Illness, self-rated health and access to medical care among waste pickers in landfill sites in Johannesburg, South Africa

Felix Made, Vusi Ntlebi, Tahira Kootbodien, Kerry Wilson, Nonhlanhla Tlotleng, Angela Mathee, Mpume Ndaba, Spo Kgalamono, Nisha Naicker

Research output: Contribution to journalArticlepeer-review

15 Citations (Scopus)


Waste pickers are exposed to various environmental health hazards, and self-rated health (SRH) could influence their medical care access. This study investigated the association between illness, clinic visits and SRH, and assessed if SRH can increase clinic visits. A cross-sectional study was conducted. SRH was defined as “very good”, “good”, “fair”, and “poor”. The illnesses were mental health, infectious, and chronic diseases. Medical care access included clinic visits in the previous 12 months. An ordinal logistic regression model was fitted to assess the association. There were 361 participants, 265 (73.41%) were males. Median age was 31 years, (interquartile range (IQR): 27–39). SRH: poor (29.89%), fair (15.92%), good (43.30%) very good (10.89%). Ever smoked (adjusted odds ratio (AOR): 1.72; 95% confidence interval (CI): 1.11–2.66), mental health (AOR: 1.87; 95% CI: 1.22–2.84), chronic (AOR: 2.34; 95% CI:1.47–3.68) and infectious (AOR: 2.07; 95% CI: 1.77–3.63) diseases were significantly associated with increased odds of reporting poor health. Clinic visit was not associated with SRH. From 99 (31%) individuals who rated their health as poor and ill, 40% visited a clinic (p = 0.0606). Acute and chronic illnesses were associated with poor SRH but this did not increase clinic visits. Provision of mobile clinic services at the landfill sites could increase access to medical care.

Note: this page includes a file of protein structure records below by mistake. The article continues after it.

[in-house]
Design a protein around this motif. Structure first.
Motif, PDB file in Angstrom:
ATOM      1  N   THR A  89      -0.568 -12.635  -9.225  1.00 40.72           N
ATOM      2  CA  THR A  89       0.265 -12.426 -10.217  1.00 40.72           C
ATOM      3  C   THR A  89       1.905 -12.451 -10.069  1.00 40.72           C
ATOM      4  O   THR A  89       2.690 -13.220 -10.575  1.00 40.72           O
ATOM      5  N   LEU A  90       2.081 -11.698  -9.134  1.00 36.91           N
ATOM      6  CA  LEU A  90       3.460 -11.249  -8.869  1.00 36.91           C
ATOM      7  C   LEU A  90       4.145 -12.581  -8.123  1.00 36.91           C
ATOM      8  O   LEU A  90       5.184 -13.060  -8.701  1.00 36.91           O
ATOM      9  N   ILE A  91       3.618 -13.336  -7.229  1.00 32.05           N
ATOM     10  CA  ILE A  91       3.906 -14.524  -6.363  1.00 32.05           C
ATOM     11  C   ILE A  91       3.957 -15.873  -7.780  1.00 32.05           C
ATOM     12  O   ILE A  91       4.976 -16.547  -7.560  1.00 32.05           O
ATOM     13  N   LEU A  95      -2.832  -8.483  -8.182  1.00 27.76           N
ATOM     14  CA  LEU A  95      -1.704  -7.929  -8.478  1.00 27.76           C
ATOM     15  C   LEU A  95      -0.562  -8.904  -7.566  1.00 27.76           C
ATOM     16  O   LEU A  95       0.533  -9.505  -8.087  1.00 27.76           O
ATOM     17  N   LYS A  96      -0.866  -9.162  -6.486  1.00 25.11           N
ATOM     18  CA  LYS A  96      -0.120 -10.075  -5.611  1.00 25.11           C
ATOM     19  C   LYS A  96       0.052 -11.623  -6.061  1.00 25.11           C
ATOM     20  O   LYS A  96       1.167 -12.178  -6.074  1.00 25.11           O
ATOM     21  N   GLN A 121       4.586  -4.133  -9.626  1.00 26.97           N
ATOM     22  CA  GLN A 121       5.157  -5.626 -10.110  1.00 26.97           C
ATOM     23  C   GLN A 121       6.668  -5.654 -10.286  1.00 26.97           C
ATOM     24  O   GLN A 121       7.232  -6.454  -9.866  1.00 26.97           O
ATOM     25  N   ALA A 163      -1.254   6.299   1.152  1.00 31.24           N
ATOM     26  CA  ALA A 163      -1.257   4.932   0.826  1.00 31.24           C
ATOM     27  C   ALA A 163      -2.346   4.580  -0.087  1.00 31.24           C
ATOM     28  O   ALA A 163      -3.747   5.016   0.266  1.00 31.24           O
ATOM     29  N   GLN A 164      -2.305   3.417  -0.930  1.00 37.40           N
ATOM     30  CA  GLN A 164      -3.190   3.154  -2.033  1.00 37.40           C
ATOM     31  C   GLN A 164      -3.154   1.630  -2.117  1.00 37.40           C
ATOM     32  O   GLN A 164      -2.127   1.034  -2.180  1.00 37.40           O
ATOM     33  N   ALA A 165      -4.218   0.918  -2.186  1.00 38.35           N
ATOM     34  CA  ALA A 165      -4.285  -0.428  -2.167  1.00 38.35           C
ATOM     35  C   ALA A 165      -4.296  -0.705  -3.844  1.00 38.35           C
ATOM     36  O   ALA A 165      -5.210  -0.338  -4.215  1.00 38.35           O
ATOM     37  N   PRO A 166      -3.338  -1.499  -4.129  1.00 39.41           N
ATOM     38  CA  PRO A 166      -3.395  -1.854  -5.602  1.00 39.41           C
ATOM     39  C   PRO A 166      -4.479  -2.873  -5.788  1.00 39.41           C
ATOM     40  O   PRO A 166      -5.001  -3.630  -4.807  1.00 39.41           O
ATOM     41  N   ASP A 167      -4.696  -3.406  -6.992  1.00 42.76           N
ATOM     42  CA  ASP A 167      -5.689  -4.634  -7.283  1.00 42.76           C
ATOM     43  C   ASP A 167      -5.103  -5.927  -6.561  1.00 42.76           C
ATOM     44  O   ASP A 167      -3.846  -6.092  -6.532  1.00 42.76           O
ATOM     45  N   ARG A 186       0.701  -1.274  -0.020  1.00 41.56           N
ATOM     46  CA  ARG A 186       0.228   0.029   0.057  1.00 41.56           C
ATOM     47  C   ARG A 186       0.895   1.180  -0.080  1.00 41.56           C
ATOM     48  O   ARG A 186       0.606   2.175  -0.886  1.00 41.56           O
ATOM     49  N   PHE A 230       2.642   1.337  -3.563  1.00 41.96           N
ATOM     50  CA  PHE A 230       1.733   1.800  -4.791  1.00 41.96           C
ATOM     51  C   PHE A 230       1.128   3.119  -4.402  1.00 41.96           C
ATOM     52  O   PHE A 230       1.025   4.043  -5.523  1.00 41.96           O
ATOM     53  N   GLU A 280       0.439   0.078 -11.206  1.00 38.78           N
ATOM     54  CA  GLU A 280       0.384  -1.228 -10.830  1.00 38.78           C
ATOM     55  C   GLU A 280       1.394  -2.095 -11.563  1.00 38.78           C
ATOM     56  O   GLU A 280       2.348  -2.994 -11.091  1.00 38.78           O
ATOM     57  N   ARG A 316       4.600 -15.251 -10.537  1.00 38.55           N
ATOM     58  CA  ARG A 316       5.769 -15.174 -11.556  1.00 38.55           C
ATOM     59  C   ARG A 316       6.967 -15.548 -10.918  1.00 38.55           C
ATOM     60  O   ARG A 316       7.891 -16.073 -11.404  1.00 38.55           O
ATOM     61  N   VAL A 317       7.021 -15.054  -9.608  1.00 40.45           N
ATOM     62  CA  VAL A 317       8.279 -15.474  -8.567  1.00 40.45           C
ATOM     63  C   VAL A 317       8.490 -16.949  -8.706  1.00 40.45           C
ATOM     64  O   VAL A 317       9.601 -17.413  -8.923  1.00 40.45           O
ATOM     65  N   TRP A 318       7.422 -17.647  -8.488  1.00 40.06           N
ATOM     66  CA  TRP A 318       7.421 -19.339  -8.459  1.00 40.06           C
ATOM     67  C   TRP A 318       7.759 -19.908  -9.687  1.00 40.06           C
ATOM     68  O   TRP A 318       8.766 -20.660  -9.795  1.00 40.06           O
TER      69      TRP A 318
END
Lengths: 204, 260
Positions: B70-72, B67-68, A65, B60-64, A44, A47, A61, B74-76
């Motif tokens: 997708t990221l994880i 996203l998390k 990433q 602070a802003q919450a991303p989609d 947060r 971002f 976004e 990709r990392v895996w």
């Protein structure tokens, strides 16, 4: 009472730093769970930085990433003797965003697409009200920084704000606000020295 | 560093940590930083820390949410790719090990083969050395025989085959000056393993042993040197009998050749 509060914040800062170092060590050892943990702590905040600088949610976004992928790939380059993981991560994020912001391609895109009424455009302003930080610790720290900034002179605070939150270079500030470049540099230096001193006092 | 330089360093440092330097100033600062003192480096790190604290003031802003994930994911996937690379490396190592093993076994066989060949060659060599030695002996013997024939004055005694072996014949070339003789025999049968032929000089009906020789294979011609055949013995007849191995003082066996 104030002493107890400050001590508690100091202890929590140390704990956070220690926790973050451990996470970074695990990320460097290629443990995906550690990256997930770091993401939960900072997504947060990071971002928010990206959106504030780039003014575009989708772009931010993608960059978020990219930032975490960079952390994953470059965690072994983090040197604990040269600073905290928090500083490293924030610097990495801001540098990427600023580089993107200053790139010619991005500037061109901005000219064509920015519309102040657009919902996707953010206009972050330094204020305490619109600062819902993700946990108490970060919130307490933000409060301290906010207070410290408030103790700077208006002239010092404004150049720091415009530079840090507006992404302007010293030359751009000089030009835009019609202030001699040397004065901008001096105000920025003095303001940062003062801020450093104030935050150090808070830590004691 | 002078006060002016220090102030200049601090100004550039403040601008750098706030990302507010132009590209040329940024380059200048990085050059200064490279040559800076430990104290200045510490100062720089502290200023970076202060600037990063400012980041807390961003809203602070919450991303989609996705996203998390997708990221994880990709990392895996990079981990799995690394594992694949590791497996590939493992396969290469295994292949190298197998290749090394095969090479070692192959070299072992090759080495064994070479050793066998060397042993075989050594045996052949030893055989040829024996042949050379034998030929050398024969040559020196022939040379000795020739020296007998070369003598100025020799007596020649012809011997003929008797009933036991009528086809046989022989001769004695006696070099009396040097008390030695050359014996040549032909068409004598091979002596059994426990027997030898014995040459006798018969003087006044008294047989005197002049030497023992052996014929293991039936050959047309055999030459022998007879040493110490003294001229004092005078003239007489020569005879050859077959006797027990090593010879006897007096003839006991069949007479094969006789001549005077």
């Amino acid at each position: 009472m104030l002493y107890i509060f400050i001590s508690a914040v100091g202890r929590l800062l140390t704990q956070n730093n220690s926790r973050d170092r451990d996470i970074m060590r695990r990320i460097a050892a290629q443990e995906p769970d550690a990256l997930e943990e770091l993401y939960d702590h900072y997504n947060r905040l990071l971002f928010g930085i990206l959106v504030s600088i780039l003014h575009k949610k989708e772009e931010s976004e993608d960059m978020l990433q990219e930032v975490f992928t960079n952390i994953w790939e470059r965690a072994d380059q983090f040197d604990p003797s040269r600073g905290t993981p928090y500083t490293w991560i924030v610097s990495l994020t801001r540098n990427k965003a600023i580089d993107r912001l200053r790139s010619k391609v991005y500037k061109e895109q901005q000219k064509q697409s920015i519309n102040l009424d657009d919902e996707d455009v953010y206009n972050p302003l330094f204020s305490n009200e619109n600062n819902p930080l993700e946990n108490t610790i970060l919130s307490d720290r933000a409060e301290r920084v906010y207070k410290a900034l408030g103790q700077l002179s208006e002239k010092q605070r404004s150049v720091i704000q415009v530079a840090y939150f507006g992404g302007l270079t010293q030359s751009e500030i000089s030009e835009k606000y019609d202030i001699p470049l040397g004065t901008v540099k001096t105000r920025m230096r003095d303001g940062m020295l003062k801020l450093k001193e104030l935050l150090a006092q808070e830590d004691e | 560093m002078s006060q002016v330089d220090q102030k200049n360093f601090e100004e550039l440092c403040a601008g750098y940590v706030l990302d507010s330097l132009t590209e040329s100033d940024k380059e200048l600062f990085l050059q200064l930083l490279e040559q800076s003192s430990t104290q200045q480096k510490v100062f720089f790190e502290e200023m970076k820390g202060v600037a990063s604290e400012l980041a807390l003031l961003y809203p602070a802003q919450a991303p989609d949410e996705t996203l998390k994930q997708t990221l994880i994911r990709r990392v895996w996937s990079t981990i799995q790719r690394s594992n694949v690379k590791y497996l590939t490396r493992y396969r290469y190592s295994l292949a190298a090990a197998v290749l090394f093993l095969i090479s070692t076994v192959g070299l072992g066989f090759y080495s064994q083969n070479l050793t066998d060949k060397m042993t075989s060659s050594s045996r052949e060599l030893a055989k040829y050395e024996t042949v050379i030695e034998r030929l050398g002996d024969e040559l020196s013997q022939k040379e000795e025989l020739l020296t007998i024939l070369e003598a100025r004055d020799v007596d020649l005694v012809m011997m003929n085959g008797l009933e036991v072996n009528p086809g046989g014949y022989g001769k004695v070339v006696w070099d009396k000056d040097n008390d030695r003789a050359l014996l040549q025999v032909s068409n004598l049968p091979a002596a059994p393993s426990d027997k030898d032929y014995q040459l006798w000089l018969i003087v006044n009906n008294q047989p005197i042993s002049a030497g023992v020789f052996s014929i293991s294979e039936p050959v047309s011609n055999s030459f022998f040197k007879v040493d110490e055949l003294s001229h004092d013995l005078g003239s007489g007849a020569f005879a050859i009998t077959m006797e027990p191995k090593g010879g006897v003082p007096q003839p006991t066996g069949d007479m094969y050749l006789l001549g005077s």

Original languageEnglish
Article number2252
JournalInternational Journal of Environmental Research and Public Health
Issue number7
Publication statusPublished - 1 Apr 2020
Externally publishedYes


  • Chronic diseases
  • Clinic visits
  • Infectious diseases
  • Mental illness
  • Self-rated health
  • Waste pickers

ASJC Scopus subject areas

  • Pollution
  • Public Health, Environmental and Occupational Health
  • Health, Toxicology and Mutagenesis


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